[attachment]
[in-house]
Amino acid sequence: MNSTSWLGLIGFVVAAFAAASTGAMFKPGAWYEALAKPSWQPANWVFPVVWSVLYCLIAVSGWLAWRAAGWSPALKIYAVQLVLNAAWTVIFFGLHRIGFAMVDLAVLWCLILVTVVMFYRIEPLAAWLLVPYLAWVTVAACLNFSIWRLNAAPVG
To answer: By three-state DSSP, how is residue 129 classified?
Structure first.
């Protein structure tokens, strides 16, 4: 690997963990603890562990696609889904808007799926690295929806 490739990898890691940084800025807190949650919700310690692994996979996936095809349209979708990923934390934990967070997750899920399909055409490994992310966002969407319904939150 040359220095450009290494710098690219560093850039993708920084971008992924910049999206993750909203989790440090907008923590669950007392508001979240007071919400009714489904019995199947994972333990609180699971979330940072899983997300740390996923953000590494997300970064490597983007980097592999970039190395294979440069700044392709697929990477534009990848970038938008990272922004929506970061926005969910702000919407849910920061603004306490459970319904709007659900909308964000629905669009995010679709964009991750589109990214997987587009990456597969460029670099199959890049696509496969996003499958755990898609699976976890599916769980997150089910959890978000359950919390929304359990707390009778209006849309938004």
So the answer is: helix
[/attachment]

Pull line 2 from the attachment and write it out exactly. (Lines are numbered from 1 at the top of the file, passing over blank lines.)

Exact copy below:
Amino acid sequence: MNSTSWLGLIGFVVAAFAAASTGAMFKPGAWYEALAKPSWQPANWVFPVVWSVLYCLIAVSGWLAWRAAGWSPALKIYAVQLVLNAAWTVIFFGLHRIGFAMVDLAVLWCLILVTVVMFYRIEPLAAWLLVPYLAWVTVAACLNFSIWRLNAAPVG